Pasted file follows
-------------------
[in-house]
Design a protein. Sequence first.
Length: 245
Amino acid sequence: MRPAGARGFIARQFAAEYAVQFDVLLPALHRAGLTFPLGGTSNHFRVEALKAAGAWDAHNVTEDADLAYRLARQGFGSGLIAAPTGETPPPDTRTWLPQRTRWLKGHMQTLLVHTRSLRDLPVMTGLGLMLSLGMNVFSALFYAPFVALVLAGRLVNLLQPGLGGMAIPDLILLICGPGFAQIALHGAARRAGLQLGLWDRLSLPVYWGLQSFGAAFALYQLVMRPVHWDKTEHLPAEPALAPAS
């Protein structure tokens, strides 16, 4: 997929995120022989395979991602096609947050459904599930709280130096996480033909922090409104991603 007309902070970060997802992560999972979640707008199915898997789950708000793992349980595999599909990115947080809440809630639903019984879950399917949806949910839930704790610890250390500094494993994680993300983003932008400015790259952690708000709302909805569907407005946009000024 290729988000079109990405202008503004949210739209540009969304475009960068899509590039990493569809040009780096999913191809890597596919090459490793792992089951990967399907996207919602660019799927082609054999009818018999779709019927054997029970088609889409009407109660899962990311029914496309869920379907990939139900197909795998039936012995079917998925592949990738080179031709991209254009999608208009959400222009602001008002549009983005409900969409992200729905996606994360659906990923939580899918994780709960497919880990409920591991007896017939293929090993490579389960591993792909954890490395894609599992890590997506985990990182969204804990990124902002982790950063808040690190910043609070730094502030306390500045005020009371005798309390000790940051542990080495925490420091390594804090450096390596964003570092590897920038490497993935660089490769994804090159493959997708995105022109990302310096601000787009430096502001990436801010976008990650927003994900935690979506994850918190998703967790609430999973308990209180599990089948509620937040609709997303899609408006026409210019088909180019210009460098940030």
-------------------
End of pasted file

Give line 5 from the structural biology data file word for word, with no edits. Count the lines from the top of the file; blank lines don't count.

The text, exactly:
């Protein structure tokens, strides 16, 4: 997929995120022989395979991602096609947050459904599930709280130096996480033909922090409104991603 007309902070970060997802992560999972979640707008199915898997789950708000793992349980595999599909990115947080809440809630639903019984879950399917949806949910839930704790610890250390500094494993994680993300983003932008400015790259952690708000709302909805569907407005946009000024 290729988000079109990405202008503004949210739209540009969304475009960068899509590039990493569809040009780096999913191809890597596919090459490793792992089951990967399907996207919602660019799927082609054999009818018999779709019927054997029970088609889409009407109660899962990311029914496309869920379907990939139900197909795998039936012995079917998925592949990738080179031709991209254009999608208009959400222009602001008002549009983005409900969409992200729905996606994360659906990923939580899918994780709960497919880990409920591991007896017939293929090993490579389960591993792909954890490395894609599992890590997506985990990182969204804990990124902002982790950063808040690190910043609070730094502030306390500045005020009371005798309390000790940051542990080495925490420091390594804090450096390596964003570092590897920038490497993935660089490769994804090159493959997708995105022109990302310096601000787009430096502001990436801010976008990650927003994900935690979506994850918190998703967790609430999973308990209180599990089948509620937040609709997303899609408006026409210019088909180019210009460098940030």